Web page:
Tony Dungy: ‘This is a Game Peyton Wouldn’t Have Dreamed of Playing 10, 12 Years Ago’
According to his former Indianapolis Colts head coach Tony Dungy, Super Bowl 50 was a game that legendary quarterback Peyton Manning “wouldn’t have dreamed of playing” earlier in his Colts career:
"“This is a game Peyton never would have dreamed of playing 10, 12 years ago,” former Colts head coach Tony Dungy said Sunday night via MMQB’s Peter King. “But when you win the Super Bowl, you’re fine with it.”"
While Manning spent nearly 18 seasons playing at an MVP caliber level, he was relegated to supporting cast on Sunday night, as it was the Denver Broncos defense behind Super Bowl 50 MVP Von Miller that carried him to the promised land.
It was almost ironic that in perhaps Manning final season, he was able to get another elusive Super Bowl Championship by playing a 2000 Ravens Trent Dilfer or 2002 Bucs Brad Johnson game manager role at quarterback–backed by a dominant defense.
I joked with friends late Sunday night that if Manning had this caliber of a defense earlier in his career, he’d probably have the most Super Bowls wins of all-time–certainly more than the two he currently possesses.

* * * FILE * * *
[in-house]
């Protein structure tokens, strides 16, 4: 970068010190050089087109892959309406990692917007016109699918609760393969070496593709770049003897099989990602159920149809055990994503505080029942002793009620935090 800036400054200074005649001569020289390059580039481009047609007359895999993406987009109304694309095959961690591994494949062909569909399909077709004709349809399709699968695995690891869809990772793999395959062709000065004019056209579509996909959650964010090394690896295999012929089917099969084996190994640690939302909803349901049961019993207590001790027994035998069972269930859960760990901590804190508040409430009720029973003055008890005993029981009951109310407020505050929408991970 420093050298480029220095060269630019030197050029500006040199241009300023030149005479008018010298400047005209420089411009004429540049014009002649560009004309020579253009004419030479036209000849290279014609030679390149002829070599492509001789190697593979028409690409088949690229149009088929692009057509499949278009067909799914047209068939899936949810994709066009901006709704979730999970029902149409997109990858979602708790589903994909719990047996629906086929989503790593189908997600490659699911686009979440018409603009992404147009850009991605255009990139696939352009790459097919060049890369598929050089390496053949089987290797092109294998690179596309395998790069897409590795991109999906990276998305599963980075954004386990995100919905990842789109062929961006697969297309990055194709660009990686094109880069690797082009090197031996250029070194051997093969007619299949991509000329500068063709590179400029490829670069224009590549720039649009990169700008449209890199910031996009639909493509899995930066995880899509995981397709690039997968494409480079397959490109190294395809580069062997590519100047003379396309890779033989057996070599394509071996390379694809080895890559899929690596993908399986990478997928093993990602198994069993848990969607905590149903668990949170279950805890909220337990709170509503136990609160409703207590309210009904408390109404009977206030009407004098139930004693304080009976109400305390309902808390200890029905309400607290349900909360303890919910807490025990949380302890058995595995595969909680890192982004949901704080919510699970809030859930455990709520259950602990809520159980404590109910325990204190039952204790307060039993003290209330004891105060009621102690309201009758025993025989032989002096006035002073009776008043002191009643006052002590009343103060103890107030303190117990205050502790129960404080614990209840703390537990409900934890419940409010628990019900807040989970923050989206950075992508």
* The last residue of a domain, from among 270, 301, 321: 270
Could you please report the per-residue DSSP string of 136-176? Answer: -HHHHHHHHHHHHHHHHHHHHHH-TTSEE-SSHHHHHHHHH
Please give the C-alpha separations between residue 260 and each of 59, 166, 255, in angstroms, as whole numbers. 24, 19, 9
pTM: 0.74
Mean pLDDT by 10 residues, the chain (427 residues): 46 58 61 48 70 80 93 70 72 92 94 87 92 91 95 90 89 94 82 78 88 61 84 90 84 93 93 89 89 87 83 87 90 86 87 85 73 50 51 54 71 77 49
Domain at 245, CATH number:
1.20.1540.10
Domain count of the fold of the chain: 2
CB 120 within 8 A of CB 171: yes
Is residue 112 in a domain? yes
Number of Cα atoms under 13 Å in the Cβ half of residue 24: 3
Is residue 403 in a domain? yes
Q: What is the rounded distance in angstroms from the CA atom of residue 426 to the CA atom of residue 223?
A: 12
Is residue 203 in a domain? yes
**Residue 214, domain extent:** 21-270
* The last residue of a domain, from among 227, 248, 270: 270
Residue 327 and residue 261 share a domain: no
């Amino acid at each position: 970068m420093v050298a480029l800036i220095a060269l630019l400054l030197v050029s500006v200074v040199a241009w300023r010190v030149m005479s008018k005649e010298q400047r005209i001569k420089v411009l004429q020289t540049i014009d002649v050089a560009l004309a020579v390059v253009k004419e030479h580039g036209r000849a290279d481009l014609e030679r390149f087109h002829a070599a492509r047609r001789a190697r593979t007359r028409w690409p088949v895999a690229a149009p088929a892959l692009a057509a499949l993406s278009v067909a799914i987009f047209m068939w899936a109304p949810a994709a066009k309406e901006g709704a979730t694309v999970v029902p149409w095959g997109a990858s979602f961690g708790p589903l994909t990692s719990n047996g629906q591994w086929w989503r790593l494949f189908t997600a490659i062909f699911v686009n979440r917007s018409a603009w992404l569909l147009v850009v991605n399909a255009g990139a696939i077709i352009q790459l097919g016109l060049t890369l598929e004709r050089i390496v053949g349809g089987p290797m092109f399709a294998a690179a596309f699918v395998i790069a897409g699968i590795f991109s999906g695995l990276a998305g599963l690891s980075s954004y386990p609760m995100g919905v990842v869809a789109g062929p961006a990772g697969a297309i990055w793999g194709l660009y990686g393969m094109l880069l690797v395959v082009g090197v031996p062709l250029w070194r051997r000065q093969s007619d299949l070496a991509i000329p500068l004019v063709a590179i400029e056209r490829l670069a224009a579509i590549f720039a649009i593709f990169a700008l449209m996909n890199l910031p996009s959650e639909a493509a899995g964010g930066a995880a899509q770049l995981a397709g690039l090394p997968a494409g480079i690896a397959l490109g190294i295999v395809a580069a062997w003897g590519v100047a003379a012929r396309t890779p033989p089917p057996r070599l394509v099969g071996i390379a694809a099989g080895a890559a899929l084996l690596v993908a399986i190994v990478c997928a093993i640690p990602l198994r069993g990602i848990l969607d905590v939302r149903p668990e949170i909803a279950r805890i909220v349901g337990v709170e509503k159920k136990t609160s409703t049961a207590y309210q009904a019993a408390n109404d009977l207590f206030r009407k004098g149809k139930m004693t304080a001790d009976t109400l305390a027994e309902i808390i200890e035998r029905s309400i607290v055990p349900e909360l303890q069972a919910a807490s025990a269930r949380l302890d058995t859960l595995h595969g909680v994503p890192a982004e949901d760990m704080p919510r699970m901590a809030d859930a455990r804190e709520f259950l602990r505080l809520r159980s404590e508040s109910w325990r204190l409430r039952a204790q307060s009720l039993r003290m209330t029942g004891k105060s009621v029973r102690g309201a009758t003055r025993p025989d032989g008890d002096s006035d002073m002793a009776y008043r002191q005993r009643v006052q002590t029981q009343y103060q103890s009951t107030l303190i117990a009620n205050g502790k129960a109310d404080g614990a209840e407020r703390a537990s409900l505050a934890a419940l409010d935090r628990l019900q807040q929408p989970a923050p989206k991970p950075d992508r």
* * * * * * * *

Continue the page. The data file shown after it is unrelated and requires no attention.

In 14 seasons for the Colts, Manning often carried those teams into becoming one of the NFL’s most winningest franchises despite often playing with a suspect defense.
Although it was an unusual situation for Manning–having starred for so many years in the NFL, he seemed at peace with his newfound unfamiliar role–whatever it was going to take to ultimately win.
As King writes, probably the biggest testament to this was late in Sunday night’s game:
"“Third-and-nine, Denver 26, 5:42 left. Surely Manning would try to convert through the air,” writes King. “No sir. ‘I thought I saw him change the play to a run,’ said Dungy. And Manning did. C.J. Anderson, gain of two. Punt. An incompletion would have taken maybe seven seconds off the clock here. The two-yard run took 43 seconds off. Britton Colquitt punted.Manning was playing four-corners. He didn’t care.”"
That would be something that would be inconceivable for Peyton in his prime, as the quarterback would’ve went for the “kill shot” in order to clinch the game. There’s a good chance he would’ve been successful too.
Instead, in the twilight of his career, the quarterback made the veteran savvy move and deferred to his defense.
Strange–but ultimately effective from what we’ve grown so accustomed to seeing from #18 throughout his legendary Hall of Fame career. At the end of the day, he now has another Super Bowl championship ring to show for it.